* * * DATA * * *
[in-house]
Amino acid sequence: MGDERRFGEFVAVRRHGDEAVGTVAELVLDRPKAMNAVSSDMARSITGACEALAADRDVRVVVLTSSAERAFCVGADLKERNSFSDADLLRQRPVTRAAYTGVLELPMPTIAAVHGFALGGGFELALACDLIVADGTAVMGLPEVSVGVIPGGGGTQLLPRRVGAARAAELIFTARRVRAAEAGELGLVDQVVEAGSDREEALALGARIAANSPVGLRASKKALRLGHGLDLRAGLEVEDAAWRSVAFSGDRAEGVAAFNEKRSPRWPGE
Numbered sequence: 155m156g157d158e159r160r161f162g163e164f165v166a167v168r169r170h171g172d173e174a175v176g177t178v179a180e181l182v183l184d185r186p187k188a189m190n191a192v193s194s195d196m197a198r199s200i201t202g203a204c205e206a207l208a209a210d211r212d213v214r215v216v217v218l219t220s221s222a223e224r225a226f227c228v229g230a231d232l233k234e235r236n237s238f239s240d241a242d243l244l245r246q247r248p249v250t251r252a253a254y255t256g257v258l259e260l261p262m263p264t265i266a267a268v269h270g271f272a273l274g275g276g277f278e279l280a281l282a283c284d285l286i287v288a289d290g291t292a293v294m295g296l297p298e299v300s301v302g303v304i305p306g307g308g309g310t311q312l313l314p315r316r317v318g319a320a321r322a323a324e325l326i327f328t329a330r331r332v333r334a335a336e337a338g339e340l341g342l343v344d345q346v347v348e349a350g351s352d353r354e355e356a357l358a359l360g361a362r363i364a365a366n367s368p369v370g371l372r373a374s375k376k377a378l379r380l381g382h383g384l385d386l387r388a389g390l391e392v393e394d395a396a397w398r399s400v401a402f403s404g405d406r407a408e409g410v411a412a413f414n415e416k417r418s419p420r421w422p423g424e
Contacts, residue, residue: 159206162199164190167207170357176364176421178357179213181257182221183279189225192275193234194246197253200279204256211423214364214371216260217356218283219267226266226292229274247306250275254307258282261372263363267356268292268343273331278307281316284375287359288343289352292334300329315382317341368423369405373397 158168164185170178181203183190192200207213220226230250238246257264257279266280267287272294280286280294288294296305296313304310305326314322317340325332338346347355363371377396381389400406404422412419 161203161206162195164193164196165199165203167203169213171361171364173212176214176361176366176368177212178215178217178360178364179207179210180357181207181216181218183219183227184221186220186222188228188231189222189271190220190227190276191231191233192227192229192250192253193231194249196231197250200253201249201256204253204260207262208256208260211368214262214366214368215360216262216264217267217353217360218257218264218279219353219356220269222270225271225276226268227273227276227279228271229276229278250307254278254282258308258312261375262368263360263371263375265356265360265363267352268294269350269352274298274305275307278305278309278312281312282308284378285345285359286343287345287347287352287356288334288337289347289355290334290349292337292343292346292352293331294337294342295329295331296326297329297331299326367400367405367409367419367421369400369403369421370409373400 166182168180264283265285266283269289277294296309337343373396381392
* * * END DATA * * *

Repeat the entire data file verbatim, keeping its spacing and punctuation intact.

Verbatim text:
[in-house]
Amino acid sequence: MGDERRFGEFVAVRRHGDEAVGTVAELVLDRPKAMNAVSSDMARSITGACEALAADRDVRVVVLTSSAERAFCVGADLKERNSFSDADLLRQRPVTRAAYTGVLELPMPTIAAVHGFALGGGFELALACDLIVADGTAVMGLPEVSVGVIPGGGGTQLLPRRVGAARAAELIFTARRVRAAEAGELGLVDQVVEAGSDREEALALGARIAANSPVGLRASKKALRLGHGLDLRAGLEVEDAAWRSVAFSGDRAEGVAAFNEKRSPRWPGE
Numbered sequence: 155m156g157d158e159r160r161f162g163e164f165v166a167v168r169r170h171g172d173e174a175v176g177t178v179a180e181l182v183l184d185r186p187k188a189m190n191a192v193s194s195d196m197a198r199s200i201t202g203a204c205e206a207l208a209a210d211r212d213v214r215v216v217v218l219t220s221s222a223e224r225a226f227c228v229g230a231d232l233k234e235r236n237s238f239s240d241a242d243l244l245r246q247r248p249v250t251r252a253a254y255t256g257v258l259e260l261p262m263p264t265i266a267a268v269h270g271f272a273l274g275g276g277f278e279l280a281l282a283c284d285l286i287v288a289d290g291t292a293v294m295g296l297p298e299v300s301v302g303v304i305p306g307g308g309g310t311q312l313l314p315r316r317v318g319a320a321r322a323a324e325l326i327f328t329a330r331r332v333r334a335a336e337a338g339e340l341g342l343v344d345q346v347v348e349a350g351s352d353r354e355e356a357l358a359l360g361a362r363i364a365a366n367s368p369v370g371l372r373a374s375k376k377a378l379r380l381g382h383g384l385d386l387r388a389g390l391e392v393e394d395a396a397w398r399s400v401a402f403s404g405d406r407a408e409g410v411a412a413f414n415e416k417r418s419p420r421w422p423g424e
Contacts, residue, residue: 159206162199164190167207170357176364176421178357179213181257182221183279189225192275193234194246197253200279204256211423214364214371216260217356218283219267226266226292229274247306250275254307258282261372263363267356268292268343273331278307281316284375287359288343289352292334300329315382317341368423369405373397 158168164185170178181203183190192200207213220226230250238246257264257279266280267287272294280286280294288294296305296313304310305326314322317340325332338346347355363371377396381389400406404422412419 161203161206162195164193164196165199165203167203169213171361171364173212176214176361176366176368177212178215178217178360178364179207179210180357181207181216181218183219183227184221186220186222188228188231189222189271190220190227190276191231191233192227192229192250192253193231194249196231197250200253201249201256204253204260207262208256208260211368214262214366214368215360216262216264217267217353217360218257218264218279219353219356220269222270225271225276226268227273227276227279228271229276229278250307254278254282258308258312261375262368263360263371263375265356265360265363267352268294269350269352274298274305275307278305278309278312281312282308284378285345285359286343287345287347287352287356288334288337289347289355290334290349292337292343292346292352293331294337294342295329295331296326297329297331299326367400367405367409367419367421369400369403369421370409373400 166182168180264283265285266283269289277294296309337343373396381392